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Old Blood Is Found to Induce Infections

Old blood is found to induce infections

October 28, 2008 (Source: StarTribune Website

Hospitalized patients who received blood that had been stored for more than four weeks were nearly three times as likely to develop infections as those who received fresher blood, researcher said Tuesday.

The blood itself was not infected, but the release of chemical agents called cytokines by the stored blood may have affected the recipient's immune systems, rendering them more susceptible to infections, said Dr. Racquel Nahra of the Sparks Regional Medical Center in Fort Smith, Ark.

**Question**
Do you think this is really true??? That people who receive "older" blood transfusions are more likely to be infected? Why/why not?


The patients typically had an increase in urinary tract infections, pneumonia and infections associated with intravenous lines, but those who were infected were no more likely to die, she told a Philadelphia meeting of the American College of Chest Physicians.

And while the apparent increase in risk was large, the overall number of infections remained small, she said.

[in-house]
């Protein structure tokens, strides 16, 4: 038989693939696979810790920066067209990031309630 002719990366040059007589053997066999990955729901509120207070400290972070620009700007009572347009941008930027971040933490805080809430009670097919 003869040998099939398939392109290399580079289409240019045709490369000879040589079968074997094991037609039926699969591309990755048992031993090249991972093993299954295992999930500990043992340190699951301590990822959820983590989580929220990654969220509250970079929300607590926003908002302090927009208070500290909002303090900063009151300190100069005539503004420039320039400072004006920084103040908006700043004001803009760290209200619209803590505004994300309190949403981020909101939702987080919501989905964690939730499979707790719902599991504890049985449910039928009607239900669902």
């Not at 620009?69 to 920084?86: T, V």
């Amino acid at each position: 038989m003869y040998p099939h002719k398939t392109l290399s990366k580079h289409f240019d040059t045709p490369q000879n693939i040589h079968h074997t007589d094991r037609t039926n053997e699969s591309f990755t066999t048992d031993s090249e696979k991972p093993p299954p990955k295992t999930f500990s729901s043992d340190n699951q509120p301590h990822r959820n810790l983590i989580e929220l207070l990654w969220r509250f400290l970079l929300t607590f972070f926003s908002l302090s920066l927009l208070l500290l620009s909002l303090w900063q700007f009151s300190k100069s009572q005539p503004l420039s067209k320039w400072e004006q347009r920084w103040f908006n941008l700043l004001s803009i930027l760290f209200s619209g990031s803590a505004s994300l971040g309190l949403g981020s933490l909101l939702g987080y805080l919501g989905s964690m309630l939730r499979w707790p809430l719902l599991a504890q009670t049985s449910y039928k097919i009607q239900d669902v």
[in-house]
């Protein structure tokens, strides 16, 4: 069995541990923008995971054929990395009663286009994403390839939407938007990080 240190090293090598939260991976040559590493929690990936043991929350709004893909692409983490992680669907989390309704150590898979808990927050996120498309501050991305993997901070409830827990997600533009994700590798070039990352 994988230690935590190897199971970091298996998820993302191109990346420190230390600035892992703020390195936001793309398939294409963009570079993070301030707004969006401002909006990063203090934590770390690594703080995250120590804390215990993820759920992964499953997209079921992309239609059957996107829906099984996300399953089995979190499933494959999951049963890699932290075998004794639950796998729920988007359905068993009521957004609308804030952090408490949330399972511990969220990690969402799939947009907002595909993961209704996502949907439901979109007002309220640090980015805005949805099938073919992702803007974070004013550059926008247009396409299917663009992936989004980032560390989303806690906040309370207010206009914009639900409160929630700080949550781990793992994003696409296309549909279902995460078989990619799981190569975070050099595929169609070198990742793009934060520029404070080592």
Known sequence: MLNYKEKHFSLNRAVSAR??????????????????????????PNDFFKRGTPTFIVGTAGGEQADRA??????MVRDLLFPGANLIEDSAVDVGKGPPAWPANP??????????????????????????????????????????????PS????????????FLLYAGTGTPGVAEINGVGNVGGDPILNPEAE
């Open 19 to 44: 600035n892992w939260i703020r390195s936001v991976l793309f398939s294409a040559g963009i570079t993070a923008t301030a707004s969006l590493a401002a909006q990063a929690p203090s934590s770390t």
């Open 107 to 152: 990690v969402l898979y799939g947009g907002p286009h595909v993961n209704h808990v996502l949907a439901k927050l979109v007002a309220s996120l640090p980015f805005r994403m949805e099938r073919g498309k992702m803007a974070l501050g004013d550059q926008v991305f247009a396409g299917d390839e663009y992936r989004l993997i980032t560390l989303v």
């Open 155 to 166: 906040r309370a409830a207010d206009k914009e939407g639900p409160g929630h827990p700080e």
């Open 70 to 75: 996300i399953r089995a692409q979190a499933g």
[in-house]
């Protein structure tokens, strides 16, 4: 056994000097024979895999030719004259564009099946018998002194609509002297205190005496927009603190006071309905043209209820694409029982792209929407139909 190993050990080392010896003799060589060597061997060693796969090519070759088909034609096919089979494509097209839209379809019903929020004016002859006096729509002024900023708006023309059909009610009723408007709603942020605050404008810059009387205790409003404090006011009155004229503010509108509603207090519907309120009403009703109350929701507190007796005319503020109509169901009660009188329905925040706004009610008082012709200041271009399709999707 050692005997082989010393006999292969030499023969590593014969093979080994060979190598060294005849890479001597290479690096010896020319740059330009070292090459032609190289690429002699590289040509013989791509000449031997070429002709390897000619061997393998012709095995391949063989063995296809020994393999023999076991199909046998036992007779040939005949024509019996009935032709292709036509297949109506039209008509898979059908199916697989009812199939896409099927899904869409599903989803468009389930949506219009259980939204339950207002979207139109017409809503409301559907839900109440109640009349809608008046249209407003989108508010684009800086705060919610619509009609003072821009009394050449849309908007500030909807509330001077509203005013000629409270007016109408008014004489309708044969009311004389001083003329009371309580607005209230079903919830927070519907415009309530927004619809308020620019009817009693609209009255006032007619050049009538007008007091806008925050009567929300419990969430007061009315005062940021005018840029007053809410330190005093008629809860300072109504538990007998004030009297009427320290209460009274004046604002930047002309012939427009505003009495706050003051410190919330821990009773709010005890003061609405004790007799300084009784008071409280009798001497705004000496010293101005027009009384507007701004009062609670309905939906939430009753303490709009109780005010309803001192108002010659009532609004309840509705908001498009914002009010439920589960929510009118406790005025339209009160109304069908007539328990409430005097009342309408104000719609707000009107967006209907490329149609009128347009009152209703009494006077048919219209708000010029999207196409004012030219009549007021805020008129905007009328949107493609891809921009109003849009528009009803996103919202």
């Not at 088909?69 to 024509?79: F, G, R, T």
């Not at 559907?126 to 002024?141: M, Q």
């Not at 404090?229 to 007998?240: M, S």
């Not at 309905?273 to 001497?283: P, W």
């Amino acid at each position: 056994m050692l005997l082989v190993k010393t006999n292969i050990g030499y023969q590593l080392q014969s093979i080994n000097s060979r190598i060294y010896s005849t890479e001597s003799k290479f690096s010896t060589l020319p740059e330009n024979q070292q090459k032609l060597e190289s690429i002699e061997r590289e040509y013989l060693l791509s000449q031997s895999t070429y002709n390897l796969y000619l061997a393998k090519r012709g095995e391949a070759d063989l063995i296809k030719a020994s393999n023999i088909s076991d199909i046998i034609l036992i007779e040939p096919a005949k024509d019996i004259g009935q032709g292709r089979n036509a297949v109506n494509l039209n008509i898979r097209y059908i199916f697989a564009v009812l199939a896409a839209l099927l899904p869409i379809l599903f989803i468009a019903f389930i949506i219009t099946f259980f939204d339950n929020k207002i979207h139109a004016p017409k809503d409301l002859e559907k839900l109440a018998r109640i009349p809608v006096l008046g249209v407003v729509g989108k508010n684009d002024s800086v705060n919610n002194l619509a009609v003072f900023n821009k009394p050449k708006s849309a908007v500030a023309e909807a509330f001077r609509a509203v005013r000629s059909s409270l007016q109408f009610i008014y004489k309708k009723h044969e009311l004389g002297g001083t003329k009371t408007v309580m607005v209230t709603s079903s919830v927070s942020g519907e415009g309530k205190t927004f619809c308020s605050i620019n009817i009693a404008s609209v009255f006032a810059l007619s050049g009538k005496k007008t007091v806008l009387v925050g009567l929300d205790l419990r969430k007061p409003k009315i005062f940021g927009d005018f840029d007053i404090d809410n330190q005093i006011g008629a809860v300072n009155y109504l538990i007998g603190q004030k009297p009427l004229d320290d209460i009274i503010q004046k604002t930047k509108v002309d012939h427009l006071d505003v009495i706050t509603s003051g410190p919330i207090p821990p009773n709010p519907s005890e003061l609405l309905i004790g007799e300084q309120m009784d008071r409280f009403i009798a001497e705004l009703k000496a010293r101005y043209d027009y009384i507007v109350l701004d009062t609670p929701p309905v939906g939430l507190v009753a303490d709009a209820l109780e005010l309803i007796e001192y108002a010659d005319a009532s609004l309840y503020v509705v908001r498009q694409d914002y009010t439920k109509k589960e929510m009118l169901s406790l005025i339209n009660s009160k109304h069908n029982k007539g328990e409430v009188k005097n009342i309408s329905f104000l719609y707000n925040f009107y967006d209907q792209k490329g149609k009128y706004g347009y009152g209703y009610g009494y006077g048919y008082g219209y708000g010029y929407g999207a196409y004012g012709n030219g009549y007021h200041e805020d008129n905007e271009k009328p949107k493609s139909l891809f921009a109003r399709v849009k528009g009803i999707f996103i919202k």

Current rules permit blood to be stored for 42 days before it must be discarded. Blood banks typically use the oldest blood on hand first so it is not wasted.

The new study follows a March 2008 report that heart surgery patients who received blood that had been stored for more than two weeks were 64 percent more likely to die in the hospital than those who received fresher blood.

The differences in the studies highlights "a need for controlled studies on the effect of the age of blood on patient outcomes," said Dr. Richard J. Benjamin, chief medical officer of the American Red Cross.

But, he added, donated blood plays a key role in patient care and "physicians and patients need to weigh the potential benefits against the small risk of harm caused by transfusion."

The study, conducted at Cooper University Hospital in Camden, N.J. while Nahra was on staff there, included 422 patients in the medical/surgical intensive care unit who received stored blood between July 2003 and September 2006. Overall, 57 patients developed one or more infections while they were hospitalized.

Patients who received blood that was older than 32 days were 2.9 times more likely to develop an infection than those who received blood less than 28 days old, said Dr. David Gerber of Cooper University Hospital, the senior author of the study.